Published:July 19, 2021

-Geller Report


State lines have been relocated many times in American history, because it just takes an interstate compact between two state legislatures and approval of Congress. We explain more in the first two pages of our proposal (pdf).  Our strategy for accomplishing it is here.

This proposal is simply a shift in borders that does not affect the balance of power in the US Senate. It does not create a new state or increase the number of states. Borders between states have been relocated many times in US history. If a deal were made that two state legislatures pass, a border change would almost certainly become a reality. According to a peer-reviewed law journal, “Prior to 1921, 36 compacts between states were put into effect with the consent of Congress; virtually all of these settled boundaries between contiguous states.” These interstate compacts are constitutional according to Article 1,section 10 of the US Constitution. See link.

1) Harney County, Oregon will vote on Greater Idaho this November

2) Crook County showdown scheduled for August 4

3) Grant County Court’s first mandated meeting on Greater Idaho is August 4

Backgrounder: read this intro to Greater Idaho:

Harney County, Oregon will vote on Greater Idaho this November

Harney County will vote this November on the “Greater Idaho” concept of moving the Oregon/Idaho border, as a group called Move Oregon’s Border has collected the required number of signatures, the Harney County Clerk announced in a press release.  He awarded the measure a number: 13-18, and wrote that “The question to be voted on by the people of Harney County is: Shall the County Court meet three times annually to discuss promoting Harney County’s interests regarding relocation of the state border?”

Move Oregon’s Border is still collecting signatures in six counties: Curry, Josephine, Douglas, Klamath, Morrow, and Umatilla counties, according to the organization’s website .  Voters in seven Oregon counties have already voted in favor of the Greater Idaho concept.  The five counties that voted in May averaged 62% in favor.

The ballot measures are a part of an effort to move the Oregon/Idaho border to extend Idaho’s jurisdiction over rural, conservative counties of eastern and southern Oregon. The ballot measures are intended to put pressure on the state legislatures of Oregon and Idaho to negotiate an interstate compact to relocate their common border.  “Idaho’s government would defend us from the radical Left’s cultural revolution and preserve our way of life – Oregon’s government wouldn’t,” said Mike McCarter, president of Move Oregon’s Border and Citizens for Greater Idaho.  “We may be able to convince northwestern Oregon to let eastern and southern Oregon counties go. Because if they do, then the state income tax revenue would improve by $367 per wage earner annually, because the per capita personal income of these counties is only as high as Idaho’s. Is northwestern Oregon willing to forego that, just to keep Oregon looking big on a map?  How does keeping our counties under the governance of Salem improve their lives in any way?”


Crook County showdown scheduled for August 4

In 5 counties where Move Oregon’s Border didn’t get permission to circulate a petition, the group is requesting that county commissioners refer a question about Greater Idaho to their ballots, including the counties of Coos, Crook, Wheeler, Gilliam, and Wallowa. They are asking the same of the city councils of the cities of La Pine, Redmond, Maupin, Rogue River, Gold Hill, Central Point, Eagle Point, and Shady Cove.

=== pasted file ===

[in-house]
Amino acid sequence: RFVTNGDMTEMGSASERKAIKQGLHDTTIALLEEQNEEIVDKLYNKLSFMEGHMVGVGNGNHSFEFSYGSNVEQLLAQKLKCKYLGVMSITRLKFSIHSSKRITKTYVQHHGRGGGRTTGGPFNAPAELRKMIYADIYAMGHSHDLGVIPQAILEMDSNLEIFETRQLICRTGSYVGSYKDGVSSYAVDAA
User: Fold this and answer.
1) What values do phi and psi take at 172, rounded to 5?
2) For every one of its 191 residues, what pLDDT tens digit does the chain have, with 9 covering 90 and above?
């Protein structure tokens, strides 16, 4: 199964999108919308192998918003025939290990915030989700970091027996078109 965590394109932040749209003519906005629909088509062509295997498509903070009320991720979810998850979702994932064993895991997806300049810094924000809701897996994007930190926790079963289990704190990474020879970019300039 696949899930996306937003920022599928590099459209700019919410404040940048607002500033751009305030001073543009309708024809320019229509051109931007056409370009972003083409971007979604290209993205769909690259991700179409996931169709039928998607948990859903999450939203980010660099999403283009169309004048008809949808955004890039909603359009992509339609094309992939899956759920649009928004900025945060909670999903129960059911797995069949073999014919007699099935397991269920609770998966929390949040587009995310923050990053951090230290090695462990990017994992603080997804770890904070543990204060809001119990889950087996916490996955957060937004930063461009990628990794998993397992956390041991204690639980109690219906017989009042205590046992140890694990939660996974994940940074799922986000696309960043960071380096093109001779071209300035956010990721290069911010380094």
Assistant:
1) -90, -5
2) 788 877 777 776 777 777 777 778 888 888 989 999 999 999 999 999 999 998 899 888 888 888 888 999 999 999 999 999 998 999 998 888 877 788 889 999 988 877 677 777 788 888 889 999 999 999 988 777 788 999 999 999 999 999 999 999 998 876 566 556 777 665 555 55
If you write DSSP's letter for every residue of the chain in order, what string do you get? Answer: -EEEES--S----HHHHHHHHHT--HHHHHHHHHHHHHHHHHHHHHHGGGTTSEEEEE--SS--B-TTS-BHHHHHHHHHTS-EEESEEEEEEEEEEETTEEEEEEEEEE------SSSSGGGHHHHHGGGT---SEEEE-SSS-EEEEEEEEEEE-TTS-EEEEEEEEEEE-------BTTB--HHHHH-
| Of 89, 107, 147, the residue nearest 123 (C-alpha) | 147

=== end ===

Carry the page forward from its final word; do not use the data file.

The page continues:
Citizens for Greater Idaho, a sister group of Move Oregon’s Border, announced that they will be bringing hundreds of citizens to attend the August 4 Crook County Court meeting to confront county commissioners on their reluctance to refer a non-binding advisory question to the November 2021 ballot.  This is the last meeting before the deadline for referring measures to the November 2021 ballot.  Move Oregon’s Border‘s ballot initiative was not given permission to circulate by the county, so in June Citizens for Greater Idaho began collecting Crook County signatures and email addresses on an unofficial list of proponents.  Citizens for Greater Idaho announced they already have 1200 email addresses of Crook County citizens who want to vote on the issue, which will be used to invite citizens to the meeting. For more information on the Crook County Court meeting, visit

Approximately fifty supporters of Greater Idaho attended the April 21 Crook County meeting.  At that meeting, a member of the Crook County Court, Judge Seth Crawford, asserted that the Court has no authority to refer a non-binding advisory question to the ballot.  Subsequently, the Court had a Portland lawyer, Peter O. Watts, issue a letter listing irrelevant cases to justify this position. However, the letter doesn’t mention the longstanding guidance of the Attorney General of Oregon that all Oregon counties have the authority to refer non-binding advisory questions to county ballots, which was subsequently acknowledged by that lawyer in an email. Indeed, the Douglas County Board of Commissioners referred an advisory question to their November 2020 ballot, as other counties have done earlier.

In June, Crook County residents entered a float into the local rodeo parade asking the County Court to let the county vote on the Greater Idaho issue.

Grant County Court’s first mandated meeting on Greater Idaho is August 4

As required by the measure approved by Grant County voters in May, the Grant County Court will meet August 4 at 9 AM to discuss the “Greater Idaho” concept of moving the Oregon/Idaho border. The public is invited to attend in person at the Courthouse in Canyon City to provide comments on the idea.